We have entered into a purchase and sale agreement to acquire the equity interests in a coke battery, with an estimated acquisition price of $75 million.  The closing of this acquisition is contingent upon the signing of a long-term coke sales agreement, which is currently in negotiation.  We expect to close on this acquisition in the first half of 2008.
Power and Industrial Projects will continue leveraging its extensive energy-related operating experience and project management capability to develop and grow the on-site energy business.

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Energy Trading
Our Energy Trading segment focuses on physical power and gas marketing, structured transactions, enhancement of returns from DTE Energy’s asset portfolio, optimization of contracted natural gas pipelines and storage, and power transmission and generating capacity positions.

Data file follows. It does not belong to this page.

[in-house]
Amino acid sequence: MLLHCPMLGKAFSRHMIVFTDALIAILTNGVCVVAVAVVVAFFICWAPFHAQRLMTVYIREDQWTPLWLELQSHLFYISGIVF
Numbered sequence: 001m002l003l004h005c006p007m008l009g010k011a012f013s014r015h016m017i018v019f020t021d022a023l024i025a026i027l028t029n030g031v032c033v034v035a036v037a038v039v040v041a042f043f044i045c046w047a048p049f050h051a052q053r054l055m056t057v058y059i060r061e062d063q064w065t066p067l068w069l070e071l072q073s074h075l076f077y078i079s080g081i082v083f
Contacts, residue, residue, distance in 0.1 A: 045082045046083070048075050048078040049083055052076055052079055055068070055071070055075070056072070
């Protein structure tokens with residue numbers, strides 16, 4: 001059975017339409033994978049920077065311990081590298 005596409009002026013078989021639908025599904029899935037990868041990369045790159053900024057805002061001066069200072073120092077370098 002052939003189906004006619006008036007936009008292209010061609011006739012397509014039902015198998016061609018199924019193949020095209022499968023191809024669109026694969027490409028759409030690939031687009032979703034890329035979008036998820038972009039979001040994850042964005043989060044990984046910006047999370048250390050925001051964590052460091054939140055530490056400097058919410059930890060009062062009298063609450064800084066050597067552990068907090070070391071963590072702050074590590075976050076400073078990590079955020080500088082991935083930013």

Factors impacting income: Net income decreased $64 million in 2007 and increased $139 million in 2006. The decrease in 2007 was attributable to lower gross margins and an increase in other deductions. The 2006 increase is attributed to increased mark-to-market and realized power and gas positions that resulted from significant 2005 mark-to-market losses on derivative contracts used to economically hedge our gas in storage and forward power contracts.
                         
(in Millions)   2007     2006     2005  
Operating Revenues
  $ 955     $ 830     $ 977  
Fuel, Purchased Power and Gas
    807       616       984  
 
                 
Gross Margin
    148       214       (7 )
Operation and Maintenance
    58       65       43  
Depreciation and Amortization
    5       6       4  
Taxes Other Than Income
    1       1       (1 )
 
                 
Operating Income (Loss)